Facing Up to the Hazards of Mercury Tooth Fillings, Mercury Policy Project, July 2008.

The report lays out the rationale for placing a user fee on the continued use of dental mercury as a means to cover the costs of preventing dental mercury pollution from environmental release.


Shedding Light on Mercury Risks from CFL Breakage, Prepared by Edward Groth, PhD, For The Mercury Policy Project, February 2008.

The report recommends that sensitive populations should take extra precautions to reduce risks associated with CFL breakage, but says that CFLs generally can and should still be used in everyone’s homes until a nontoxic light bulb becomes available. The report also recommends the adoption of more comprehensive environmental and human health guidelines by decision makers that, in addition to energy-efficiency, address other concerns.


Hold the Mercury: How to Avoid Mercury When Buying Fish, Oceana and Mercury Policy Project, February 2008.

Hold the Mercury includes the results of mercury tests on 94 fish samples collected from sushi bars and grocery stores from cities across the country.  The high mercury levels found in fresh tuna and sushi as well as swordfish demonstrate the need to post the Food and Drug Administration’s advice about mercury in seafood at grocery stores. 


DON’T LET IT GO TO YOUR HEAD: Phasing Out Mercury Tooth Fillings, Mercury Policy Project and Vermont Public Interest Research and Education Fund, January 2007.

The report outlines the many reasons to phase out mercury in dentistry–ranging from indirect toxic releases into wastewater, landfills and farmers’ fields to more direct releases from dental clinics, human wastes and cremation.  The report’s conclusions are supported by recommendations by the Vermont Air Pollution Control Division and the Advisory Committee on Mercury Pollution to phase out the use of mercury dental amalgam.


IS OUR TUNA “FAMILY-SAFE”? Mercury in America’s Favorite Fish, Defenders of Wildlife, Mercury Policy Project, Center for Science in the Public Interest, July 2006.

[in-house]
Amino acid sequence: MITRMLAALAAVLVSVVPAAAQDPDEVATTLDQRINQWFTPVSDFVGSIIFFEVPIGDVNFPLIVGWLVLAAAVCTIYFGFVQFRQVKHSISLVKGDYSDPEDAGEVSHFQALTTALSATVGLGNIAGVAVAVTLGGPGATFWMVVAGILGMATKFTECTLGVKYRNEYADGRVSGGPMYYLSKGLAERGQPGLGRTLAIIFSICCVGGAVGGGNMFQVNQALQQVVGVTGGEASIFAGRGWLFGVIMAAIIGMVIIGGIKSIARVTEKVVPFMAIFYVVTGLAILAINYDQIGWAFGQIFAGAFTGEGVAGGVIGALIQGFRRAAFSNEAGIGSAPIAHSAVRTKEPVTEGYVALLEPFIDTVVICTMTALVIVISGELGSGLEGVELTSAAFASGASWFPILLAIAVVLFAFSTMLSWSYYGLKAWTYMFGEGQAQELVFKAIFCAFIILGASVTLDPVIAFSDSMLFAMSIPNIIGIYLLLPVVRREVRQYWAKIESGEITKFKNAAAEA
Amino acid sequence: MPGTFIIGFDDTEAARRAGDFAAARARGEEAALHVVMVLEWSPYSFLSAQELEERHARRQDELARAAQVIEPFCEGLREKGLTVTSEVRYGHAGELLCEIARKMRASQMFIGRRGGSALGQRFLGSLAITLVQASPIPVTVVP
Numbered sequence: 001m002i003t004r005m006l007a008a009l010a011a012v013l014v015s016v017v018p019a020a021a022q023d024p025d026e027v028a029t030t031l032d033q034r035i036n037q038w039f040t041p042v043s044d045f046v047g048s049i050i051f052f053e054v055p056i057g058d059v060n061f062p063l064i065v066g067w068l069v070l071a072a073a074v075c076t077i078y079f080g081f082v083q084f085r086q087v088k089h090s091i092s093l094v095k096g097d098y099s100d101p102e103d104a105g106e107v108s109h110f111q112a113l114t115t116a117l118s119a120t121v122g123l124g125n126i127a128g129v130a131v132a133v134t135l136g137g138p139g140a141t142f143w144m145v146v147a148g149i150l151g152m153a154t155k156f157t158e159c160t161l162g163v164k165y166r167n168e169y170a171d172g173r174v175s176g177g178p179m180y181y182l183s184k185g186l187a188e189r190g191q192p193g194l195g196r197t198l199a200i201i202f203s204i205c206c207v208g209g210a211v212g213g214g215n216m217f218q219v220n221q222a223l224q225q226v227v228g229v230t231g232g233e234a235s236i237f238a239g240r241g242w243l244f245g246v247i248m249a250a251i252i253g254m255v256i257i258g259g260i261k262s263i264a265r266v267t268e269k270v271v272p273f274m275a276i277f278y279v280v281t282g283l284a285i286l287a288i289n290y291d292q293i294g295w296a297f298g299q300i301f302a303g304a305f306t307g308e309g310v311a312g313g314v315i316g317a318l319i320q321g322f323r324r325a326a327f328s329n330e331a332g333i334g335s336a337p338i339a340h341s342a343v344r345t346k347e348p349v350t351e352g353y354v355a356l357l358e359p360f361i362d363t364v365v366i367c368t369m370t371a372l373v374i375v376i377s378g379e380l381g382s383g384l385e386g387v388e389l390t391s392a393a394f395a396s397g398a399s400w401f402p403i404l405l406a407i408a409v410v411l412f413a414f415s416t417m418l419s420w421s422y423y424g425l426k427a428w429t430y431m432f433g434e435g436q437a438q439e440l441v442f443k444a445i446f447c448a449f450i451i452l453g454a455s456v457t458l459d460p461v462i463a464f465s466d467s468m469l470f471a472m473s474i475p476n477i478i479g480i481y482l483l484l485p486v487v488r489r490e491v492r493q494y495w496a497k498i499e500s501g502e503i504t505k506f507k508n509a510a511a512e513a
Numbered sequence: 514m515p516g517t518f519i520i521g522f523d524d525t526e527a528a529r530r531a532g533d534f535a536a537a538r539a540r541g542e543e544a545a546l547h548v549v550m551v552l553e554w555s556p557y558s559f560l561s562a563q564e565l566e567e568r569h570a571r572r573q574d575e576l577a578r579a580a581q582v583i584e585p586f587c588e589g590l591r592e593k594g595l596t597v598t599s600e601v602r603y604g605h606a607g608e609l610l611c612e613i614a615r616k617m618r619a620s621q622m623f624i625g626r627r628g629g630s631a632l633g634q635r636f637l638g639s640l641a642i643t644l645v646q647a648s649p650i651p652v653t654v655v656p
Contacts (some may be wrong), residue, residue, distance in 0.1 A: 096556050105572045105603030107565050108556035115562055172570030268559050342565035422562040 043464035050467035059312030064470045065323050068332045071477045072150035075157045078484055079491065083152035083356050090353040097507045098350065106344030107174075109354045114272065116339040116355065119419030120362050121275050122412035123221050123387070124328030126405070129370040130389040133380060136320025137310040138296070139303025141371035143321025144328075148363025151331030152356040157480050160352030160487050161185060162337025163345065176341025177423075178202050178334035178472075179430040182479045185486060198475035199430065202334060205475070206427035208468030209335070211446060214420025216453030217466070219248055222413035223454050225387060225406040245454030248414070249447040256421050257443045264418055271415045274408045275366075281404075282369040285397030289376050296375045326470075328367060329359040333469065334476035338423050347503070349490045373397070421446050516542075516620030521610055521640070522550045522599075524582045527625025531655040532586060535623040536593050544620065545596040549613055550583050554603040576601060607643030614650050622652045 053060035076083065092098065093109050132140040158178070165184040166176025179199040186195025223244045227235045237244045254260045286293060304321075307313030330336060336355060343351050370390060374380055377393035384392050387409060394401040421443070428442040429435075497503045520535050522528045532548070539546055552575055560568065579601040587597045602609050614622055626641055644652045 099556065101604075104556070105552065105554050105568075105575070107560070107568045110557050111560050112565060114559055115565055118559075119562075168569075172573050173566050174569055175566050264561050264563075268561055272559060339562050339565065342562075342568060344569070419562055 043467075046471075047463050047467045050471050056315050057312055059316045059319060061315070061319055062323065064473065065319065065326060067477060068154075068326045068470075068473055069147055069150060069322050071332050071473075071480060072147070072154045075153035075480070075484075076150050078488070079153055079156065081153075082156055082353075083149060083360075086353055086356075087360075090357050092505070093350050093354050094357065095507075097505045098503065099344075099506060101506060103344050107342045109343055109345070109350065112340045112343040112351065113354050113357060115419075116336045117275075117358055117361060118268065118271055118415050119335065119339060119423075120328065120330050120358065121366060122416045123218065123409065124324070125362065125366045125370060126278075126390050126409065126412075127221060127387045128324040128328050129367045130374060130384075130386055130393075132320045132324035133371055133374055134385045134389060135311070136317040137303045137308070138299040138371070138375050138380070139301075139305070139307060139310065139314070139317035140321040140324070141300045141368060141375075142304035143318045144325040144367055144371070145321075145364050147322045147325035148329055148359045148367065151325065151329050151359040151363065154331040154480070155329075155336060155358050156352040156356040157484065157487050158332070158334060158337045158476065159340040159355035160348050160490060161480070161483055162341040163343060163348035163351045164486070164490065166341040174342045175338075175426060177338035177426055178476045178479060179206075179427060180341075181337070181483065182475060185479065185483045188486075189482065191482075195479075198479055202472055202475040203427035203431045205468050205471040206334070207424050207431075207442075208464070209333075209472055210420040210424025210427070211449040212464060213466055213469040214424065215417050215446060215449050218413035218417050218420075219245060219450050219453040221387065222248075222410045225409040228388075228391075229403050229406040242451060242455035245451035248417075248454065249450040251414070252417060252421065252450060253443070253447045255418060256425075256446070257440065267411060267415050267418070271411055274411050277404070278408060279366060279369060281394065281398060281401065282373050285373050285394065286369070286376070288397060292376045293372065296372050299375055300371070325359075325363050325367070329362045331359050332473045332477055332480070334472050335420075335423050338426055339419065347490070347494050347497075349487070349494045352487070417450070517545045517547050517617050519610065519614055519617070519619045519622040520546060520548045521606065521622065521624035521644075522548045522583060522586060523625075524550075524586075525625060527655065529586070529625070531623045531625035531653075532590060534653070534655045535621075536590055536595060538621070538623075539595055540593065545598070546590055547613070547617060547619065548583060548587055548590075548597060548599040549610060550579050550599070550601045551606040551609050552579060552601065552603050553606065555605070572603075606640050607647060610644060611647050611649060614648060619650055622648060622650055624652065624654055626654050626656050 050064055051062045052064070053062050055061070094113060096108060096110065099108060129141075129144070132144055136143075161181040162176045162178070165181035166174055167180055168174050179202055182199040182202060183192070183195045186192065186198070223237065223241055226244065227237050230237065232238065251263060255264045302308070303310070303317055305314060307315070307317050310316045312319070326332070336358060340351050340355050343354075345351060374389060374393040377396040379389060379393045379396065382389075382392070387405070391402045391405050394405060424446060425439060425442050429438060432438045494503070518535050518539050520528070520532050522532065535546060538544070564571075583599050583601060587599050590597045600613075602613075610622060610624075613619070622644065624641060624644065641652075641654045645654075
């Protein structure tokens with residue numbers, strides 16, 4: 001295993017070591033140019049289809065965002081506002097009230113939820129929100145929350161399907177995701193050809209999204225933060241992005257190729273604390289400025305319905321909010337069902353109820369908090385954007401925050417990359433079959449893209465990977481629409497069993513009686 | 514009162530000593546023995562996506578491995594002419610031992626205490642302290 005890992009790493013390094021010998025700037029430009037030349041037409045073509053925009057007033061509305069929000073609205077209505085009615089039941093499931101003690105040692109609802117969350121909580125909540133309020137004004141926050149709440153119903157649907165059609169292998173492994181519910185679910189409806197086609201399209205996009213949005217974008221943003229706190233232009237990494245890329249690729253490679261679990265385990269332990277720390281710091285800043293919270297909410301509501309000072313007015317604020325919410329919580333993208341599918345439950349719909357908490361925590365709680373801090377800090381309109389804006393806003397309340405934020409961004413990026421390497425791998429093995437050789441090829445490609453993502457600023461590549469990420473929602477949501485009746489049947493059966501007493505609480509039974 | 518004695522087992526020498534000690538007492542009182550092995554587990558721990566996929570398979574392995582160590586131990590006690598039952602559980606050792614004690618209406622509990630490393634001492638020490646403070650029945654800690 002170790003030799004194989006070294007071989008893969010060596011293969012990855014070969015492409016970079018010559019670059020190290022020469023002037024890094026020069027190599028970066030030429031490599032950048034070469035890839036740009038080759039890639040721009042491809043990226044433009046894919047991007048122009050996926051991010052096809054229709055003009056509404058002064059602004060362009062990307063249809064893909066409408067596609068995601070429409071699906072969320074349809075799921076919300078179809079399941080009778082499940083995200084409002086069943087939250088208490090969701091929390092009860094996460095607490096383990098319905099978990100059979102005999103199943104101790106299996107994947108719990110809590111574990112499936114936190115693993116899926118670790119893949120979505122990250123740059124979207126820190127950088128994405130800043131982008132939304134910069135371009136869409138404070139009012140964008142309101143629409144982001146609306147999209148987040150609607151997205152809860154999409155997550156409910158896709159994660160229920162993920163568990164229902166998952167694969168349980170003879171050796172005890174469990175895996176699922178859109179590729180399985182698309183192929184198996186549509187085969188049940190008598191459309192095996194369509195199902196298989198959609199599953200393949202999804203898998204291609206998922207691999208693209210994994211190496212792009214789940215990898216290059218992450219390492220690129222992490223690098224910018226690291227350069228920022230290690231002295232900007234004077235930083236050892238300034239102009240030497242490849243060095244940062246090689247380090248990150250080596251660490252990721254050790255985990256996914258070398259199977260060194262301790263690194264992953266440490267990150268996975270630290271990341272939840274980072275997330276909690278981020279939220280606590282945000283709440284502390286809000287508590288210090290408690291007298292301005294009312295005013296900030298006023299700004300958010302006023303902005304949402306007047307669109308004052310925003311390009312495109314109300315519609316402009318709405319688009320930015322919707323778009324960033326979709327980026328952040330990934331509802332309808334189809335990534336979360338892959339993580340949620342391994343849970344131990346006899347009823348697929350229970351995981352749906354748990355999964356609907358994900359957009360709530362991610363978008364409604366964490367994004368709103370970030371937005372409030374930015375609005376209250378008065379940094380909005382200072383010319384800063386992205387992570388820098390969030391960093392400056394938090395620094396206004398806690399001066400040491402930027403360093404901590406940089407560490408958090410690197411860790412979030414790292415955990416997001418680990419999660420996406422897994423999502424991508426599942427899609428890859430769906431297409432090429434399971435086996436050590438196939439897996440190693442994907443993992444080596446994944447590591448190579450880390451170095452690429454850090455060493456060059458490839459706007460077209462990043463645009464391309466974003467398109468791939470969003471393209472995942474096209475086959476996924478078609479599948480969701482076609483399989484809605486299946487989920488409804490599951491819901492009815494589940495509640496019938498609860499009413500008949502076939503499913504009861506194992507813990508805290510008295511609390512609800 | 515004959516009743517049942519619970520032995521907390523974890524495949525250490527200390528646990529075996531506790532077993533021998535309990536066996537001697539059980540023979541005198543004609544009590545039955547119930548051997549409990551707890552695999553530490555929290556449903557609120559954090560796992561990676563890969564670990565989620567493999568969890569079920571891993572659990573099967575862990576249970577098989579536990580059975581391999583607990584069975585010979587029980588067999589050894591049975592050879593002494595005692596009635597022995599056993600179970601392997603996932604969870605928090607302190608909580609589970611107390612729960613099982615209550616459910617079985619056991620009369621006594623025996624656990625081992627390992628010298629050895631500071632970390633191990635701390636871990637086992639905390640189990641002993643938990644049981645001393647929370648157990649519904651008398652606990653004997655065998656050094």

Testing by Defenders of Wildlife shows higher-than-expected levels of mercury in canned light tuna.  The report recommends precautionary measures to protect low income and vulnerable Americans from exposure to mercury.


What Patients Don’t Know: Dentists’ Sweet Tooth for Mercury, Mercury Policy Project, Consumers for Dental Choice, New England Zero Mercury Campaign, Sierra Club California, Clean Water Action California, February, 2006.

The report recommends that consumers be provided with information about mercury fillings and alternatives, so dental patients have the same informed choice as patients in doctors’ offices for other procedures; dental clinics should warn patients, particularly pregnant women and young children, to avoid mercury exposure; the dental industry should no longer be allowed to burden the environment with mercury pollution; and dental insurance plans should provide equal coverage for mercury and non-mercury fillings, thereby assuring the patient and dentist the freedom to choose.


Risks and Benefits of Fish Consumption: Yes, Mercury is a Problem, Prepared by Edward Groth, PhD, For Oceana and Mercury Policy Project, December 2005.

The report summarizes decades of scientific research indicating that mercury levels in fish are high enough to pose health risks to moderate and heavy fish eaters and exposes weaknesses in recent reports from the Harvard Center for Risk Analysis (HCRA), which were funded by the tuna industry and other fishing interests.


Fair Warning: Why Grocery Stores Should Tell Parents About Mercury in Fish, Oceana, Mercury Policy Project, Clean Water Action, New England Zero Mercury Campaign, September 2005.

This report provides results of testing which confirm that store-bought swordfish and tuna contain levels of mercury that the federal government has determined may be hazardous to human health, particularly children. The analysis was more comprehensive than any recently performed by FDA and included samples purchased at popular supermarket chains such as Safeway, Shaw’s, Albertsons, Trader Joe’s and Whole Foods–all stores that are required to post mercury warnings in California.


Taking a Bite Out of Dental Mercury Pollution: The 2005 Report Card on Dental Mercury Use and Release Reduction, New England Zero Mercury Campaign, April 2005.

The report evaluates and grades the New England states on their efforts to reduce dental mercury pollution. The report’s number one recommendation is that dentists reduce their use of mercury fillings in consideration of environmental impacts.



The New England Zero Mercury Campaign released this report challenging the New England states to recognize the risks of mercury-switch thermostats, as well as the benefits of non-mercury, energy efficient alternatives, and to develop the regulations necessary to prevent the sale and haphazard disposal of mercury containing thermostats.